In partnership with Cascade Stream Solutions, Freeways for Fish recommends replacing the outdated diversion dam with an improved irrigation water collection box which can provide more reliable flow than the old structure. After removing the dam, Freeways for Fish proposes a 160-foot, 5% gradient re-profiled stream channel with step-pool sequences for fish passage as well as downwells to transition screened fish safely back to Wagner Creek. These changes will result in year-round fish passage while also maintaining the diversion rate, a benefit for wildlife as well as irrigators.
The Gold Hill Irrigation District operates a diversion dam on the Rogue River near the town of Gold Hill. The diversion dam and canal, which supplies the community with irrigation water, had been virtually unchanged since 1916. Design flaws meant that many migratory fish were diverted along with the irrigation water, ending up in an irrigation canal where they were easy prey for bird and mammal predators.
In partnership with Freeways for Fish, the Gold Hill Irrigation District undertook a major upgrade and restoration project that improved safety for migrating fish at the site. Together, we
Each spring for millennia, downstream-migrating young salmon, steelhead, and Pacific lamprey have been traveling from the upper parts of the Rogue Basin all the way to the Pacific Ocean. In the last few decades, however, many wound up diverted along with irrigation water at the Gold Hill Irrigation District’s diversion structure. For nearly a century, these diverted fish spent days – or weeks – in a ¼-mile long irrigation canal before they could return to the mainstem of the Rogue River.
The water in the irrigation canal was warm and shallow, creating stressful conditions for fish and high rates of predation by birds and mammals. Downstream from the dam, another canal spillway attracted migrating fish away from the river and into a shallow, debris-filled dead end. Away from the protection of the deep, cool Rogue River, these adult fish were also easy prey for large predators.
In August 2014, the Gold Hill Irrigation District initiated construction to replace the open irrigation ditch with a closed pipe. The project has since decreased the number of fish that are diverted into the district’s facilities, moving any fish that do get diverted back into the Rogue River quickly, and eliminating the attraction of the canal bypass area. These improvements have increased the survival of young salmon on their way to the ocean, as well as the number of spawning fish that reach the upper Rogue each year.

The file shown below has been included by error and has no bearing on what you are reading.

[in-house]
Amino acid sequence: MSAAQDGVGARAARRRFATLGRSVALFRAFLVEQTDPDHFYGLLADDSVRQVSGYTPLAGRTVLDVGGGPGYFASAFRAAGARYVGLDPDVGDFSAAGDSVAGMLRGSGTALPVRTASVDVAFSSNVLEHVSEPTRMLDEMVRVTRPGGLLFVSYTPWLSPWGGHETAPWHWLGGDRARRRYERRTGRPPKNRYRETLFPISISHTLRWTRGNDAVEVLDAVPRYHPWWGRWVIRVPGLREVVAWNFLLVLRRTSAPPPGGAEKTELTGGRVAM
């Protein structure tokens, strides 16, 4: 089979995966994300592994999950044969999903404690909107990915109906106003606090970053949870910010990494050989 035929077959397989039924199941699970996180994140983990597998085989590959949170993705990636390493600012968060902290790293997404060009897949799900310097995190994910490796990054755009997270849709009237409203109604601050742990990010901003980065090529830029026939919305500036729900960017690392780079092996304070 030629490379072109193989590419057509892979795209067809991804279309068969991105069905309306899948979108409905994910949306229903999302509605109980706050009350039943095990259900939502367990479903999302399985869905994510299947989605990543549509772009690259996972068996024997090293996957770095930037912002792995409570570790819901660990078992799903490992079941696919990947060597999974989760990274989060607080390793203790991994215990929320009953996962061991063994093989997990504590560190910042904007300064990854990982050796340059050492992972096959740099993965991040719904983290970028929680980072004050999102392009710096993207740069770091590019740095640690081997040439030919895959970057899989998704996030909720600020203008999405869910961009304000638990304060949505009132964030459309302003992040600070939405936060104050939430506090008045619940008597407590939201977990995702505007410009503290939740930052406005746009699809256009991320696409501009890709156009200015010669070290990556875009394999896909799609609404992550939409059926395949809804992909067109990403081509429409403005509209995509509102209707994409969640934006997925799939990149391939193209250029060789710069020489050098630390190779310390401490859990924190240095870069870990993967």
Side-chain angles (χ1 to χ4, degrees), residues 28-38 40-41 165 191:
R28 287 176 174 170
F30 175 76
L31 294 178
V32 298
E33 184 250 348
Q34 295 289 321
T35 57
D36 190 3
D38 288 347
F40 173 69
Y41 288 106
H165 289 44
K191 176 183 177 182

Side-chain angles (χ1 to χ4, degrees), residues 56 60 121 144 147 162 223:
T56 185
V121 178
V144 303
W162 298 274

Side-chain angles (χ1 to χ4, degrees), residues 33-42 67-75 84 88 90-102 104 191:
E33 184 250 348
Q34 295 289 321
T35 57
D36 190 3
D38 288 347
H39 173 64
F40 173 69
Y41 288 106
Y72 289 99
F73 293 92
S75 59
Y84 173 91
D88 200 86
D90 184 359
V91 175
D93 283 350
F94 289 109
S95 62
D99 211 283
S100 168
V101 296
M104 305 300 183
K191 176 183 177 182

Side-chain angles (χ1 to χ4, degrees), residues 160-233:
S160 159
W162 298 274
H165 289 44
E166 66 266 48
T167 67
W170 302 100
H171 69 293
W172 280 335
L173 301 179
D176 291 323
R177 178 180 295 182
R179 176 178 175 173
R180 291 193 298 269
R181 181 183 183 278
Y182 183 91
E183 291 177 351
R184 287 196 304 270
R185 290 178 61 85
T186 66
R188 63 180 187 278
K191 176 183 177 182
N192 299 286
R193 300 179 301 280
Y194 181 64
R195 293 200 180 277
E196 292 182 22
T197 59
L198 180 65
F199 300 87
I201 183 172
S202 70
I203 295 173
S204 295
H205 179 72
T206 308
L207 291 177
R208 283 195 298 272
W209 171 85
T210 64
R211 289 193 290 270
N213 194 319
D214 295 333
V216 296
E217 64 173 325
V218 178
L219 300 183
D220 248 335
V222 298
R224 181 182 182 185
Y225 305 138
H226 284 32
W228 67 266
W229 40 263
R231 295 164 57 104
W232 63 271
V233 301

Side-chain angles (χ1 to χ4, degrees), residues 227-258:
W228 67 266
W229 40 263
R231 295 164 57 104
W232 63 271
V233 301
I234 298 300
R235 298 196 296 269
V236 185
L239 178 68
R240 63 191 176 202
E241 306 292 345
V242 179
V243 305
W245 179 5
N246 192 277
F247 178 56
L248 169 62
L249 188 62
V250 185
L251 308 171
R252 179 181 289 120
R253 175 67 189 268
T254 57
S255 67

In 2015, after many years of planning, the Fielder and Wimer dams – two of the worst fish impediments in the state of Oregon – were finally removed from Evans Creek, an important salmon and steelhead tributary of the Rogue River. Geos Institute acted as the project manager for both dam removals, technical projects involving a host of players, logistics, and permits. Now that these dams are gone, 16 miles of Chinook habitat, 60 miles of coho habitat, and more than 70 miles of steelhead habitat are once again open and accessible for local fish.
Constructed more than a hundred years ago as irrigation diversions, by the 21st century the Fielder and Wimer dams had become virtually abandoned. They served no active water rights and had no operator, prompting the Department of Fish and Wildlife to list them among the top-10 worst barriers to fish passage in the state.
After securing access agreements with the property owners, the necessary funding, and partner groups, Geos Institute assumed responsibility for project management. Together with River Design Group, we developed a plan to safely remove each dam and reclaim the construction site by eliminating debris, decommissioning site access roads, and seeding riparian areas for erosion control, turning Evans Creek back into a free-flowing river.
Dam removal took place in the summer of 2015. Historically low water levels amplified turbidity issues, resulting in limited working hours to manage downstream water quality. High wildfire activity also impacted the project. Despite these challenges, both dams were removed by mid-September, in time for the fall Chinook run.
Brian Barr, the project manager for Freeways for Fish, describes the feeling of seeing a river flow free after more than a century. “Honestly, where I kind of tear up, or well up, or get really excited…it’s when I have to go back and take repeat photos and I’ll look at the picture I have. ‘Okay, I was standing on this rock and that three was in the middle of the frame and there’s a big piece of concrete.’ And then I set it down, and I frame up that same image. And it’s a creek. That’s where I feel it.”